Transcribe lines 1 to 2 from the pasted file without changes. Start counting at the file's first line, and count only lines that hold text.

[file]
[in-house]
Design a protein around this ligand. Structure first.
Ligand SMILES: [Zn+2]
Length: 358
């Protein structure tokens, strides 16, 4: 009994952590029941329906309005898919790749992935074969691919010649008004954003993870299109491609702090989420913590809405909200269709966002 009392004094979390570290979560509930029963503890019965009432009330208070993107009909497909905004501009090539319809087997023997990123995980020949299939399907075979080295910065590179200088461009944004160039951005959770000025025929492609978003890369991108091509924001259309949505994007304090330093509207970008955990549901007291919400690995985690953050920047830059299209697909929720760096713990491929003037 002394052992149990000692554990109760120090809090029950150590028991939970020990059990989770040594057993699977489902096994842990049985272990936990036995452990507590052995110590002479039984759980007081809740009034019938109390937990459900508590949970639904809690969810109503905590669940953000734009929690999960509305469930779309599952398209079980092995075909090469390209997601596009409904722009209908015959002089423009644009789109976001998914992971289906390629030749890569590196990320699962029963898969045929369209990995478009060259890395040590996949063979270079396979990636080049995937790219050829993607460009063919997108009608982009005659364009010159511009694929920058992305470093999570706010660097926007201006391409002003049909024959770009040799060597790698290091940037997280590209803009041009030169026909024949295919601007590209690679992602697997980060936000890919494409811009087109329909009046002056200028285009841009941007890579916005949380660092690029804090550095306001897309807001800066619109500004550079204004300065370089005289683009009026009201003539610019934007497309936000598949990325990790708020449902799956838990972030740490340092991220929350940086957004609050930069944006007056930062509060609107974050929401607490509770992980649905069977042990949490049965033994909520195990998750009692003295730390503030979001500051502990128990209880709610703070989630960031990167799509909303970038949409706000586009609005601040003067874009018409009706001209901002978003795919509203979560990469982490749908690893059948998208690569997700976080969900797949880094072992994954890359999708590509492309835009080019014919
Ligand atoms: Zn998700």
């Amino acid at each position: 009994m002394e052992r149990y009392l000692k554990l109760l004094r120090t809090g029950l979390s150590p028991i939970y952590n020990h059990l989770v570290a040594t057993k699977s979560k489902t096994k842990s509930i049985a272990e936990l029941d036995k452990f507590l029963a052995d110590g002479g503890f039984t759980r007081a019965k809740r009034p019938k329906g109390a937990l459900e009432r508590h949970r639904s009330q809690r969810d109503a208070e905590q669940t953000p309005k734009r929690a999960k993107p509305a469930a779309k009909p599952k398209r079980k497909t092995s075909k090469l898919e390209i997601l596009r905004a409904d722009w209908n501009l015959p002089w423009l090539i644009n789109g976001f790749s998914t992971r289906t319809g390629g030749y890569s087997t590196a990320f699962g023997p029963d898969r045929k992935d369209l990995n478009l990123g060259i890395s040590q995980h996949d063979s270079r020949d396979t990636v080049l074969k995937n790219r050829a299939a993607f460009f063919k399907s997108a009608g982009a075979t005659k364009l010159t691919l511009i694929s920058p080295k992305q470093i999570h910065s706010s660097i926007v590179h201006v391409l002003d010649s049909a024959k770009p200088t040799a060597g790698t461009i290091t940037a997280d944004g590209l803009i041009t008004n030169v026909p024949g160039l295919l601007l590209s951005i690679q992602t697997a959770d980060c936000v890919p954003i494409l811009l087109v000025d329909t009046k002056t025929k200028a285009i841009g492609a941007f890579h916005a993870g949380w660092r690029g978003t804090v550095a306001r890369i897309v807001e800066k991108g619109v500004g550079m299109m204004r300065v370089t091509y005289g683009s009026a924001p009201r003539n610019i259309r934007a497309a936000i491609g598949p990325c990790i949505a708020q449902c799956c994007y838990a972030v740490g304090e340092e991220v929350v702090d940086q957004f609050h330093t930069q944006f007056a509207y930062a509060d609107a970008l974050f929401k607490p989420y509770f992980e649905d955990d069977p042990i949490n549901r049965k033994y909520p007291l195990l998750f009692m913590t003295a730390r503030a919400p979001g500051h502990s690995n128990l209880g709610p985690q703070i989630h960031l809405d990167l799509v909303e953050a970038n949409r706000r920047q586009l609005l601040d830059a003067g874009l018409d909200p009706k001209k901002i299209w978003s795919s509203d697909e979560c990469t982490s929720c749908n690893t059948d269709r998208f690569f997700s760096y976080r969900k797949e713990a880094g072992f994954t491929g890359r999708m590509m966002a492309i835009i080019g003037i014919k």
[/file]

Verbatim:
[in-house]
Design a protein around this ligand. Structure first.